Self-care is an important component of social work because it allows social workers to meet their own needs as a person. In order to care for others, social workers must tend to themselves. Because social workers help others navigate life problems, crises, and trauma, they can be adversely affected by the gravity of what they are dealing with if they enter the situation emotionally raw. These situations, combined with a profession that, overall, is demanding, lead to burnout. While many social workers who experience burnout leave one social work role for another, some leave the profession entirely. Both of these responses to burnout lead to high job turnover and thus high administrative costs for social service agencies.

In thinking about my approach to my program and how I will care for myself, I think about a bonfire. A fire needs fuel to burn in order to remain lit. In other words, people need something to do or they fall stagnant. In order for our society to be productive, we need to keep the work coming. We thrive on challenges and deadlines. We grow when we have a role we need to fulfill. However, much like a bonfire being overloaded with wood and stifled, if we become overwhelmed with tasks, worries, or both, we can become less productive and effective and even cease to perform altogether. We need room to move, explore, and breathe in order to thrive and remain healthy. I must remember to challenge myself and allow myself to grow by exploring new things, but also to nurture myself with the free space to recharge. I will be my most brilliant self and care best for others this way.

I decided that a great post for today would be a more detailed description of the MSW program I’ve just started.

Advanced Standing

Because my undergrad degree is a Bachelor of Social Work, I qualify for Advanced Standing. The basic idea behind this is that Bachelor’s level students are prepared for generalist social work (case management and the like) during their senior year. The first year of a two-year MSW program contains the same material. Therefore, I am ready to take the specialization year, which could include organizational social work or clinical social work. I’m doing the clinical track.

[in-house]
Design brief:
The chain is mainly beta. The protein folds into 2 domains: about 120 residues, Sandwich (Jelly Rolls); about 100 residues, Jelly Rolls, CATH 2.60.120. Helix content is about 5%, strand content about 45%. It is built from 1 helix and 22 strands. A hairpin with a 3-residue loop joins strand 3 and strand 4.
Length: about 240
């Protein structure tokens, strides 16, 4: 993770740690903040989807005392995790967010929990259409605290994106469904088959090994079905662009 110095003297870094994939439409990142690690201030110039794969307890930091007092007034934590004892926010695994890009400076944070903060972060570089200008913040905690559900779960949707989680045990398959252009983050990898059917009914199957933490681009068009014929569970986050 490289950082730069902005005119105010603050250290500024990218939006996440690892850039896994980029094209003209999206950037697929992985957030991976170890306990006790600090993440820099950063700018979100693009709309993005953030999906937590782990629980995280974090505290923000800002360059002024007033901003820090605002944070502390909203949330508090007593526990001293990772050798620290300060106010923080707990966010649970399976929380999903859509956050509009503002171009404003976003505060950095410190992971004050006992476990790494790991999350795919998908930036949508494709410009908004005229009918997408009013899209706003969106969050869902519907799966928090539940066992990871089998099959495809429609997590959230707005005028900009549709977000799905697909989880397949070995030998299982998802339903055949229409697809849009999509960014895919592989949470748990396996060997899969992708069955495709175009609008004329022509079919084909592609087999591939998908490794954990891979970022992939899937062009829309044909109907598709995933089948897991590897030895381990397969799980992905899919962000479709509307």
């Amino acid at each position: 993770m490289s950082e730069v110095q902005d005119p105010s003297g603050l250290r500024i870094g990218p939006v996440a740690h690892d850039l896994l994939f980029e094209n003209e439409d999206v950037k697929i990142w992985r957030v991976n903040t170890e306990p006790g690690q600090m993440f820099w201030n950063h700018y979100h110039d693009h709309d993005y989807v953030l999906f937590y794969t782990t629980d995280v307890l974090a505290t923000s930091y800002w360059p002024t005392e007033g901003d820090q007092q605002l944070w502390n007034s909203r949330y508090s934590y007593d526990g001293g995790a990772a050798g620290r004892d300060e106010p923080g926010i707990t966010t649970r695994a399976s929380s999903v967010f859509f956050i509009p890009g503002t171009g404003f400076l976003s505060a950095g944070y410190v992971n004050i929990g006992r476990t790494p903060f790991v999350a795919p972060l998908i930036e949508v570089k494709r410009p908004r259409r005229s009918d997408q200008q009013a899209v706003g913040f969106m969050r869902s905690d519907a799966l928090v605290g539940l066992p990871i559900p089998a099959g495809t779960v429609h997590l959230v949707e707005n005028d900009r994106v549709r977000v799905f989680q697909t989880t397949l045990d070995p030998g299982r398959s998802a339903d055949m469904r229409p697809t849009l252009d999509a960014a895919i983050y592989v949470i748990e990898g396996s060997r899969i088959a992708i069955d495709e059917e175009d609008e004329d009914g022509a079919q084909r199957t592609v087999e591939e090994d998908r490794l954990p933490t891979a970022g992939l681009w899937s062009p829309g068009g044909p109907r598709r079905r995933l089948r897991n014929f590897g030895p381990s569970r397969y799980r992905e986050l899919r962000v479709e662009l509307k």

Clinical Track

The clinical track prepares social work students for licensure and practice as clinical or interpersonal social workers. These social workers you would find as therapists, counselors, school social workers, medical social workers, court liaisons, welfare workers, and in similar positions. These social workers perform assessments and complete evaluations on individuals, families, and groups. They conduct practice-informed research and use research of theory and case studies and indications to shape their practices.


Because I am on a satellite campus, I have some options for electives. First, several electives will be offered on or near Oakland University’s campus. Second, I am welcome to take an elective in East Lansing, provided I can manage the schedule and the commute. Finally, there are online options for electives. I have opted to take 2 electives in Lansing during the summer semester. Each of these electives are intensive, two-day courses that are worth one credit each. In the Fall semester and Spring semester, I am taking online electives—two at 3 credits each. Each student must have a minimum of 6 elective credits, but I’ve signed up for 8 credits of electives that work well with my situation as a satellite student. One of the summer electives was in the middle of June, and I did very well in it. Doing well in that elective boosted my confidence in my ability to complete this program.

Program Length and Structure